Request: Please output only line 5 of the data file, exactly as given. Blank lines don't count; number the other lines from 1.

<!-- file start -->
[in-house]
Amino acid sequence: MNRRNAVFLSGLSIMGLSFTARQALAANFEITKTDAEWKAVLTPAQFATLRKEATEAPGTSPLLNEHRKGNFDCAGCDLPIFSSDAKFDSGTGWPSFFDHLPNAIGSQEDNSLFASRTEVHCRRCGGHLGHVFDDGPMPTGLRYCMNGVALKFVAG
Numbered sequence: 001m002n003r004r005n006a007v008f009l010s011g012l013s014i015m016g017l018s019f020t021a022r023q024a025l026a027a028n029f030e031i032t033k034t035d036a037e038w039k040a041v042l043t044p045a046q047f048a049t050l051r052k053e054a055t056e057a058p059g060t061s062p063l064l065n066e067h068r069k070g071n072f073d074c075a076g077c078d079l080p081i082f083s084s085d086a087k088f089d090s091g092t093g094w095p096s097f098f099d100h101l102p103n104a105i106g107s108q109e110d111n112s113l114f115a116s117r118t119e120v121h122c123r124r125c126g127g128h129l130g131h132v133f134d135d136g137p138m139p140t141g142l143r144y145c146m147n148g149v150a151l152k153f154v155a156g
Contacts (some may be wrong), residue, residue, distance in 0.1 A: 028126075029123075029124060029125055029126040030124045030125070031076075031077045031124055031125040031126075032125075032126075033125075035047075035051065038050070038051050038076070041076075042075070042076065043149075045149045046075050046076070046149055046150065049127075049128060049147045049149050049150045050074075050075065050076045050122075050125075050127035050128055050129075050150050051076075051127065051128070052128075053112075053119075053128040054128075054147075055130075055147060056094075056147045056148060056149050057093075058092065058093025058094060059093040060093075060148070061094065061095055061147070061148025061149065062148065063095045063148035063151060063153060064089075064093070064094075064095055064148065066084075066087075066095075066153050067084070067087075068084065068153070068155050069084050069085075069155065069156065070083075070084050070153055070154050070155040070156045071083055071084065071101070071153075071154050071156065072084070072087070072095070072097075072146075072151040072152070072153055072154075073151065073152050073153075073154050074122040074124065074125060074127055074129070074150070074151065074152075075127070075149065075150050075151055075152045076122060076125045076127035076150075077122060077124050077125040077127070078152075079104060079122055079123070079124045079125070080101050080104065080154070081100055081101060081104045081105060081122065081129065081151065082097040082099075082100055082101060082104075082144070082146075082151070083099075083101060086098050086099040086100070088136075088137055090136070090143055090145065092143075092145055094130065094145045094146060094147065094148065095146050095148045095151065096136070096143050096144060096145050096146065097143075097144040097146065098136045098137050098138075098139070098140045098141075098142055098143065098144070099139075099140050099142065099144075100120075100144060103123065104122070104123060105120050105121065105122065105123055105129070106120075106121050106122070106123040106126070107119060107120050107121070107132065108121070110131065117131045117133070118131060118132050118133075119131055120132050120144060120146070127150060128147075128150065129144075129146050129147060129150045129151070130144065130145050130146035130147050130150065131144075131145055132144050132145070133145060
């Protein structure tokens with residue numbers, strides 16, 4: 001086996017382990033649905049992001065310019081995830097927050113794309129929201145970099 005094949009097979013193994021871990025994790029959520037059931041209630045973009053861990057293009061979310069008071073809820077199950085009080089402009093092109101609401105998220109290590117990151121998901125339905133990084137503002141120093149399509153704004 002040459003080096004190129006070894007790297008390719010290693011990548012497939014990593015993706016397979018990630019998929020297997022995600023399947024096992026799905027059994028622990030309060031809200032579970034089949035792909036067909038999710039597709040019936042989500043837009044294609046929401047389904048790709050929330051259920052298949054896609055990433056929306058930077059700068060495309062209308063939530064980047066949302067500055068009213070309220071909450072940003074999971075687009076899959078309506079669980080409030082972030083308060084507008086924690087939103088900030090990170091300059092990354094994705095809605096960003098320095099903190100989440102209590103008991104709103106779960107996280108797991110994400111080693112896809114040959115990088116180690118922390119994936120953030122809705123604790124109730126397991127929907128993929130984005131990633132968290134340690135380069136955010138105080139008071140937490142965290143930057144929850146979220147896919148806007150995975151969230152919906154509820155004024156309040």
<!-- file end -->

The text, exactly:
């Protein structure tokens with residue numbers, strides 16, 4: 001086996017382990033649905049992001065310019081995830097927050113794309129929201145970099 005094949009097979013193994021871990025994790029959520037059931041209630045973009053861990057293009061979310069008071073809820077199950085009080089402009093092109101609401105998220109290590117990151121998901125339905133990084137503002141120093149399509153704004 002040459003080096004190129006070894007790297008390719010290693011990548012497939014990593015993706016397979018990630019998929020297997022995600023399947024096992026799905027059994028622990030309060031809200032579970034089949035792909036067909038999710039597709040019936042989500043837009044294609046929401047389904048790709050929330051259920052298949054896609055990433056929306058930077059700068060495309062209308063939530064980047066949302067500055068009213070309220071909450072940003074999971075687009076899959078309506079669980080409030082972030083308060084507008086924690087939103088900030090990170091300059092990354094994705095809605096960003098320095099903190100989440102209590103008991104709103106779960107996280108797991110994400111080693112896809114040959115990088116180690118922390119994936120953030122809705123604790124109730126397991127929907128993929130984005131990633132968290134340690135380069136955010138105080139008071140937490142965290143930057144929850146979220147896919148806007150995975151969230152919906154509820155004024156309040």